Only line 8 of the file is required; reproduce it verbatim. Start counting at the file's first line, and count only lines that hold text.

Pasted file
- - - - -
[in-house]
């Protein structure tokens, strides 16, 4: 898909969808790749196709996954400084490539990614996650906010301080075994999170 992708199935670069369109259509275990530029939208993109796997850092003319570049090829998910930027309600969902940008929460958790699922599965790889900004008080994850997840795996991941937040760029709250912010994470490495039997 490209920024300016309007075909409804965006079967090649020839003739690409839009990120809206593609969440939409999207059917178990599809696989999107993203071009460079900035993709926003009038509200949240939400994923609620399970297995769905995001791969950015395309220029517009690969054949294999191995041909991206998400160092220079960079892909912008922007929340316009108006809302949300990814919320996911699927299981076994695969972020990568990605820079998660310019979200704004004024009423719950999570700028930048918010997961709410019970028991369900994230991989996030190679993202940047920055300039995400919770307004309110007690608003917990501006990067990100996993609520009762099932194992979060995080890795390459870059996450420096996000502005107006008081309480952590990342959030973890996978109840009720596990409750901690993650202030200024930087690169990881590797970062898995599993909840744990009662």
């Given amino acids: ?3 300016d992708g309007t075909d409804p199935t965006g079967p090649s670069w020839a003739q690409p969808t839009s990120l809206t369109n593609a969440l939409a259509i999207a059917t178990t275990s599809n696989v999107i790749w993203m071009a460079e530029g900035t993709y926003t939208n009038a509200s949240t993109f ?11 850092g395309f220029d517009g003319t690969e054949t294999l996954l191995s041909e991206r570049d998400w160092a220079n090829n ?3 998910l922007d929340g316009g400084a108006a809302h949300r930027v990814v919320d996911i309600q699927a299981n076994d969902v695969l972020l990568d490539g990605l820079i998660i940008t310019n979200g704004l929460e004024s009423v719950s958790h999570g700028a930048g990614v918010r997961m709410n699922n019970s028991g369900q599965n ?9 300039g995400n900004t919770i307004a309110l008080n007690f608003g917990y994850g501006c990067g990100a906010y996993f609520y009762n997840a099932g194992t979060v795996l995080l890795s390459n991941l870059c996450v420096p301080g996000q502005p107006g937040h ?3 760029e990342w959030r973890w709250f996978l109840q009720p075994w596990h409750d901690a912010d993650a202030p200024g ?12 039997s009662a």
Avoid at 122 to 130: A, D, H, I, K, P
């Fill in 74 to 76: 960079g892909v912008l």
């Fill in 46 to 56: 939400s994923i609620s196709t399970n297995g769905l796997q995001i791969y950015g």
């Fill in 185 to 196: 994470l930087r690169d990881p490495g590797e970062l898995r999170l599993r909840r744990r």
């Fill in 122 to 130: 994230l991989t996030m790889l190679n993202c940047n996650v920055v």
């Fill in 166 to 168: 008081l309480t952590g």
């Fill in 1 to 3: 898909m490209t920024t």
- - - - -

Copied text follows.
């Fill in 122 to 130: 994230l991989t996030m790889l190679n993202c940047n996650v920055v």